Seaboard and Western was started on September 11, 1946 by Arthur and Raymond Norden as just another of the hundreds of non-scheduled startup airlines (popularly known as non-skeds), that sprung up in a postwar environment full of cheap aircraft and fresh out of the air force pilots, it prospered, unlike so many of its kin. It built a reputation for on time and excellent service whilst getting involved in military charters and both the Berlin airlift and the transportation of Jews to Israel.
Refinancing got the carrier back on its feet and on April 4, 1961 the airline changed its name to the more impressive sounding Seaboard World Airlines. Along with the name change came a new black and gold livery. This would also be the period when Seaboard World began pioneering work as the launch customer for multiple new freighter types pushing the envelope in freight as one of the world's two scheduled all freight airlines. Flying Tigers may have had the Pacific but Seaboard World owned the Atlantic.
The first brave leap into a new age was provided by the Canadair CL-44D-4 a major Canadian development of the Bristol Britannia, which was fitted with an innovative hinged swing tail. This enabled bulky loads up to 26m long to be fitted. Compared to the Connie the CL-44 could carry 13 tonnes more freight (28:15) and offered over twice the internal capacity (204:90 cubic metres).
Seaboard ordered eight of the type and the first CL-44 was delivered on July 7, 1961. The new CL-44s proved an immediate success and by 1962 the airline was firmly profitable again. It refurbished its New York headquarters and built a new cargo terminal and operations centre.
The CL-44s also allowed Seaboard to introduce a new 'block space agreement', which meant that non-freighter airlines could buy a permanent allocation of space aboard the aircraft. This gave them the flexibility they needed in an age when limited payload/range characteristics meant that cargo capacity could not always be relied upon. BOAC for example leased an entire CL-44 for a two year period flying three times weekly between Heathrow and New York via Prestwick. Other airlines that took advantage of this kind of arrangement included Lufthansa, Swissair and Air Canada.
By April 1963 the fleet consisted of 7 CL-44s. Eight Super Connies were still technically on charge but seven were leased to Capitol. The smallest aircraft in the fleet was a single C-46 Commando. The CL-44 was an excellent aircraft but Seaboard was keen to speed up the air cargo business and the future was clearly to be pure jets. As early as 1961 Douglas was touting the DC-8F Jet Trader and as the leader in the transatlantic cargo field it was no surprise that Seaboard chose the DC-8-55JT (more commonly known as DC-8F-55s).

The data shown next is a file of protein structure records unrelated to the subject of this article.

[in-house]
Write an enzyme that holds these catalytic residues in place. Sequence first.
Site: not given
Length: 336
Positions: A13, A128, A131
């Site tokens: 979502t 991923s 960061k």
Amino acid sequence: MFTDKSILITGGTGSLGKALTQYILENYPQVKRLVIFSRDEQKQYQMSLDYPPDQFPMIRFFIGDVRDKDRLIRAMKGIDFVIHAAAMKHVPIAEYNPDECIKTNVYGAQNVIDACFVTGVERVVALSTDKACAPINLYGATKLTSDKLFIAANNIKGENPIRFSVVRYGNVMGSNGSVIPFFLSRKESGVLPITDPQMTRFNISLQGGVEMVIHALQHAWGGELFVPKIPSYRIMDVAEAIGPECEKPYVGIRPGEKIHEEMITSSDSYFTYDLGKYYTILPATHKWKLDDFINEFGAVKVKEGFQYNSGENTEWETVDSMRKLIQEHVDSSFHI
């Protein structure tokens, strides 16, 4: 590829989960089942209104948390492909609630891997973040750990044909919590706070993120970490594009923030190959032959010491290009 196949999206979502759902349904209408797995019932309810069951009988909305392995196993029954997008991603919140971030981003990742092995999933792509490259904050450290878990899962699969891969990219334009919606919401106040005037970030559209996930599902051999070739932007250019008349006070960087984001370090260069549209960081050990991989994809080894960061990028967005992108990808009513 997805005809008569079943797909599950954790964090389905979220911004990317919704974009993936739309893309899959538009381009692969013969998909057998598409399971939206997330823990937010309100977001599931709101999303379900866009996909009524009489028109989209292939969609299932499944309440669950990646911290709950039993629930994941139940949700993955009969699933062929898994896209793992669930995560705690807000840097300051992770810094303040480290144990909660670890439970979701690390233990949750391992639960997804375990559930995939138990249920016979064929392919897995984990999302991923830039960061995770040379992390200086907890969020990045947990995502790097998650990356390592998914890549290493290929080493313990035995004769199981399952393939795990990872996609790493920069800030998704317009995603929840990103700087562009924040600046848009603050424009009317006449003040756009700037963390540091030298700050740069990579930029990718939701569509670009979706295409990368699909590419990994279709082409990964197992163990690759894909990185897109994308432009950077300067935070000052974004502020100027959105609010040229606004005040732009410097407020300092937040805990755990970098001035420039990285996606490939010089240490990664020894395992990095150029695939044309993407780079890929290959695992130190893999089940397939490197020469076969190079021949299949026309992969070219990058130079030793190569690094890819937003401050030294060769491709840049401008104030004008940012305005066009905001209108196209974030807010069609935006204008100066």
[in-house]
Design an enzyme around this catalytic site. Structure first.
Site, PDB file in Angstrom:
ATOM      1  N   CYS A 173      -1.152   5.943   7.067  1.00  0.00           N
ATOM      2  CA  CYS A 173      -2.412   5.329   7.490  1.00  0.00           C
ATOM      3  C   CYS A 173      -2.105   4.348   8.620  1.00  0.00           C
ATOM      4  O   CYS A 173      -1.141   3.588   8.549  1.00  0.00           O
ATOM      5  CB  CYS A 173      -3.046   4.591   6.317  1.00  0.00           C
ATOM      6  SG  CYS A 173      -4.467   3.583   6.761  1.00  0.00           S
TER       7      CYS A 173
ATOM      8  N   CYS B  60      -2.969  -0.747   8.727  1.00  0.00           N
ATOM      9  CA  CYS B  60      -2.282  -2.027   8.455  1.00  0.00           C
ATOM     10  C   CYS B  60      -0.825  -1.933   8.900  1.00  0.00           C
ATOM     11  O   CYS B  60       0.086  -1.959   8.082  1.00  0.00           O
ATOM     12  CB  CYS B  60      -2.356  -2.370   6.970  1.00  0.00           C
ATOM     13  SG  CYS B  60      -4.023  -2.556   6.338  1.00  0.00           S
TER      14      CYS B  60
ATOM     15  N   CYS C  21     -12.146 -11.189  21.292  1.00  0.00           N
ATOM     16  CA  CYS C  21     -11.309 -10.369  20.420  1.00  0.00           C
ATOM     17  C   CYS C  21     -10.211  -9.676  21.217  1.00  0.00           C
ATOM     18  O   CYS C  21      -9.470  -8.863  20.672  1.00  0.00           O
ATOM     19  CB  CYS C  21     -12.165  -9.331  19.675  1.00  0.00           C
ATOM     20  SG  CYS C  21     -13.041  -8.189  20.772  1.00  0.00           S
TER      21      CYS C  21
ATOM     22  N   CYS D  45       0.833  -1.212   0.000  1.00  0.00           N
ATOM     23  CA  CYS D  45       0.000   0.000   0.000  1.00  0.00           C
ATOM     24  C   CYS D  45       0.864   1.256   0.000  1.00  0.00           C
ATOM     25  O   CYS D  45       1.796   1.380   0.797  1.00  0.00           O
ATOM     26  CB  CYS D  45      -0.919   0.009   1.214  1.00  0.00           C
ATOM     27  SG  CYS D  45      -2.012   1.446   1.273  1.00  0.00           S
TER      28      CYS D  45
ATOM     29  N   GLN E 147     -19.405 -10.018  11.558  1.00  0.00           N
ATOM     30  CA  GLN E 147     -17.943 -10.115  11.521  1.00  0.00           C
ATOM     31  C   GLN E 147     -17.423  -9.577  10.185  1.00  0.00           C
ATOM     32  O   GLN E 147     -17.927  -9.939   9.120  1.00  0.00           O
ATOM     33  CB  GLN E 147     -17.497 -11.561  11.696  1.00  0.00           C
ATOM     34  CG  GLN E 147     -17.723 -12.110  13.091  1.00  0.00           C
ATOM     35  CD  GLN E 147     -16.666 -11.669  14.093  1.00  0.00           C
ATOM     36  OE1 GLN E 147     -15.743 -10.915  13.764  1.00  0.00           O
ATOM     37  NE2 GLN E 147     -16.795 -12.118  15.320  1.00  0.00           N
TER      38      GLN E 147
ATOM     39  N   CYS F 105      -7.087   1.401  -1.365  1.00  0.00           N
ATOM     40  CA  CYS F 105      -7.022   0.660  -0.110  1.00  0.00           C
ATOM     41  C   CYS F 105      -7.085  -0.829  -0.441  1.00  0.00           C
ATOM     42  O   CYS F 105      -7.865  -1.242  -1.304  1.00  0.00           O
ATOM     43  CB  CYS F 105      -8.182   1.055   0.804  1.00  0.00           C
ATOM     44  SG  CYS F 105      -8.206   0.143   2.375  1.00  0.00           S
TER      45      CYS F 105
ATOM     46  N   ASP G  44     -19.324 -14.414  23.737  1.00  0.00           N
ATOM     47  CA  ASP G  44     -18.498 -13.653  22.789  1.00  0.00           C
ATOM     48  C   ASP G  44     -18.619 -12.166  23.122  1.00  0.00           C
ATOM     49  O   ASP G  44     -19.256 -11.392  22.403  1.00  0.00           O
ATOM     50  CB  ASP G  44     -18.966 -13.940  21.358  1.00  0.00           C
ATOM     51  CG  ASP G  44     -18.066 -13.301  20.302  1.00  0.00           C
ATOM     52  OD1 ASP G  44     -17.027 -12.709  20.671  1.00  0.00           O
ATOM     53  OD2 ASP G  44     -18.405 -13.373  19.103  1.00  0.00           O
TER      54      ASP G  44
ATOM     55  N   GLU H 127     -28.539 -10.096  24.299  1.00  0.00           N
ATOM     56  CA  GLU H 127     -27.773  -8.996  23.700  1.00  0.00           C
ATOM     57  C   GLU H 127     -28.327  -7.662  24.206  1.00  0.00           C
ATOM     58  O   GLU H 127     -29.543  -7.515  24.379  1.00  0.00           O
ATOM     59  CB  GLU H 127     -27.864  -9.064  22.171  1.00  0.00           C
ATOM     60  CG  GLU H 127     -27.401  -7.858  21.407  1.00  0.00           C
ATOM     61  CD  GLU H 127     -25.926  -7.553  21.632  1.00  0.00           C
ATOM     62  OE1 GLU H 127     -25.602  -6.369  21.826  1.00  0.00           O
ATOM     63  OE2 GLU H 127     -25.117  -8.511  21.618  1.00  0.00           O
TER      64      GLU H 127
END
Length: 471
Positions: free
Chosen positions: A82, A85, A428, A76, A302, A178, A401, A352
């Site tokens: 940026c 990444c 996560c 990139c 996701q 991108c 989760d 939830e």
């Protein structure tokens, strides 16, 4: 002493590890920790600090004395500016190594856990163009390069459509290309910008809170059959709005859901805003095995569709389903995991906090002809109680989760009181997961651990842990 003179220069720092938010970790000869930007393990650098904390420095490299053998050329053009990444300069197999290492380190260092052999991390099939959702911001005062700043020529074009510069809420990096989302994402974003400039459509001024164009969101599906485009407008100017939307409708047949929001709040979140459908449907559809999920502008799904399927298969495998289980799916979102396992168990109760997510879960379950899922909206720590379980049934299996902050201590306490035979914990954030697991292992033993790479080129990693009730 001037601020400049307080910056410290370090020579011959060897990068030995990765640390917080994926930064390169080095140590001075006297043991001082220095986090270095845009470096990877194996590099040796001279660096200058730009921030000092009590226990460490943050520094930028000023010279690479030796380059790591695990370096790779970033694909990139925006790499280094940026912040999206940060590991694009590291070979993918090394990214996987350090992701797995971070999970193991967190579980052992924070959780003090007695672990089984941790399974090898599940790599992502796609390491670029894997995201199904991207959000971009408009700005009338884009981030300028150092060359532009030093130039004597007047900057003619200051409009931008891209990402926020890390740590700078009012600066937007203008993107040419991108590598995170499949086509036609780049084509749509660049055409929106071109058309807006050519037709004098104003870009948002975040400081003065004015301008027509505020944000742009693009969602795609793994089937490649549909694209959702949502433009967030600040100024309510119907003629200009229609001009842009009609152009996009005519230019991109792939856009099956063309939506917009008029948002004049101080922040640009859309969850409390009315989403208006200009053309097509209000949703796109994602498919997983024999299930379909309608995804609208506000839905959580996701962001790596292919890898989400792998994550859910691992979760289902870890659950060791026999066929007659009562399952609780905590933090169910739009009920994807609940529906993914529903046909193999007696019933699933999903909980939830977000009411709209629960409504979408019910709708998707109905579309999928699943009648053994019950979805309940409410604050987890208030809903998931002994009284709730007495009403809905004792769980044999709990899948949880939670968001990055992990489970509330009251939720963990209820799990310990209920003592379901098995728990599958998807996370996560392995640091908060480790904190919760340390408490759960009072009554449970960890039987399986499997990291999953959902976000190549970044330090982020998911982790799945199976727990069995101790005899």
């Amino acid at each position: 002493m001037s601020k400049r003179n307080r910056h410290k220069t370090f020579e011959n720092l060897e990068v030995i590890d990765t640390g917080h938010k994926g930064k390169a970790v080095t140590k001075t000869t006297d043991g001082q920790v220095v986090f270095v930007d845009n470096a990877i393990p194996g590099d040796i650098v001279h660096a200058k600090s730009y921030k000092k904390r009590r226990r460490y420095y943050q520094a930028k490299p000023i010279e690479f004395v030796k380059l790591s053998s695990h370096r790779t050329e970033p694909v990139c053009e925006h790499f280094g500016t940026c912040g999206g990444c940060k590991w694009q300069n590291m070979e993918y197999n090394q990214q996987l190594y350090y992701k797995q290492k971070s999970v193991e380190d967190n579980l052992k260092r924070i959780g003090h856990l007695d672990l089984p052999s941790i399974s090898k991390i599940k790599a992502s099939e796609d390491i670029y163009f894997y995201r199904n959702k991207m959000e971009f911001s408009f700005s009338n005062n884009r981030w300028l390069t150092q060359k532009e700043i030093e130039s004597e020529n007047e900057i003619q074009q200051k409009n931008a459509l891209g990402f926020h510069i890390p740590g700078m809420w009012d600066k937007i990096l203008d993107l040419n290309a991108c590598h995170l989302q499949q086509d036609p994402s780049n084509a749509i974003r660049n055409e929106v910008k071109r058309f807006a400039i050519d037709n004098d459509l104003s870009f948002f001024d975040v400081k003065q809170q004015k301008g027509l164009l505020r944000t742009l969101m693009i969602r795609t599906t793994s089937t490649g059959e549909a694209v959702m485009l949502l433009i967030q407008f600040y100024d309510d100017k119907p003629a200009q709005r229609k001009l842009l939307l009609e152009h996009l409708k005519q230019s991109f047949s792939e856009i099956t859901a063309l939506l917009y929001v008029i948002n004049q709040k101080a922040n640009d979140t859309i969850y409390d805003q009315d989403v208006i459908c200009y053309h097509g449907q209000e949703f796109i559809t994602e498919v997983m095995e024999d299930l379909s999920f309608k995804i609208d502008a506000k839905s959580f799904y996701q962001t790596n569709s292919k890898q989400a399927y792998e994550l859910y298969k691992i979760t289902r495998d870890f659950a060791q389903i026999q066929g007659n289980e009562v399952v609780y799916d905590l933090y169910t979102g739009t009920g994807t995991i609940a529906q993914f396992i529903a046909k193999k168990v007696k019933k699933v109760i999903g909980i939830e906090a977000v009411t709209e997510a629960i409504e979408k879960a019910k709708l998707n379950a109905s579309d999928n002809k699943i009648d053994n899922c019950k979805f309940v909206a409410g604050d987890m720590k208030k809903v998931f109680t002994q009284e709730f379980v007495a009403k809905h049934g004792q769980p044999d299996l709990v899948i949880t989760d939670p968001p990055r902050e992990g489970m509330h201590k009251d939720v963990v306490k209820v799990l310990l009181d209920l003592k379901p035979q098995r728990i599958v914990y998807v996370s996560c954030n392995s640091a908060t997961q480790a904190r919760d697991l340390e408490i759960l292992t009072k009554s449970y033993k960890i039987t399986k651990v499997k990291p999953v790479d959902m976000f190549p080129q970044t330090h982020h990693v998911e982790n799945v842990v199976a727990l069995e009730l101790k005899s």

The first DC-8, N801SW, joined the fleet on June 21, 1964 on a lease from Douglas. Again the new type provided a major capacity boost over the type it was replacing. The DC-8s could carry over 40,800kg. The DC-8 proved a success and the fleet grew to 5 units by mid-1967. The CL-44s gradually left Seaboard's colours but not its ownership as they were wet-leased to other operators such as the Lebanese TMA, the UK's Transglobe Airways and also Cyprus Airways. The CL-44s left the fleet officially by May 1969.
The success of Seaboard's block space cargo work, ACMI operations plus wet-lease cargo and passenger services demanded even larger freighters as the 1960s came to a close. Further as the war in Vietnam hotted up Seaboard gained its share of military charter work. This led the airline back to Douglas' door and an order for 12 new stretch DC-8-63CFs. Deliveries began in June 1968 and the new huge aircraft allowed the gradual replacement of the smaller DC-8s.
Seaboard couldn't wait for the the new type however and interestingly went to Boeing and in the interim leased a pair of new 707-345Cs from VARIG. The aircraft joined the fleet as N7321S and N7322S in February and March 1968. They gained full Seaboard colours but remained in the fleet only until February and March 1969 respectively.
The growth of the airfreight market meant that Seaboard's own fleet was constantly changing during this period. The new DC-8-63s would provide some stability but even bigger things would come to pass during the 1970s.
2003, Dec. Seaboard & Western. Airliner World
Woodley, C & Woods-Turner, B. 2013, June. Seaboard World: Global Freight Mover. Airliner World
Waddington, T. Great Airliners Series Volume 2: Douglas DC-8
I'm Richard Stretton: a fan of classic airliners and airlines who enjoys exploring their history through my collection of die-cast airliners. If you enjoy the site please donate whatever you can to help keep it running: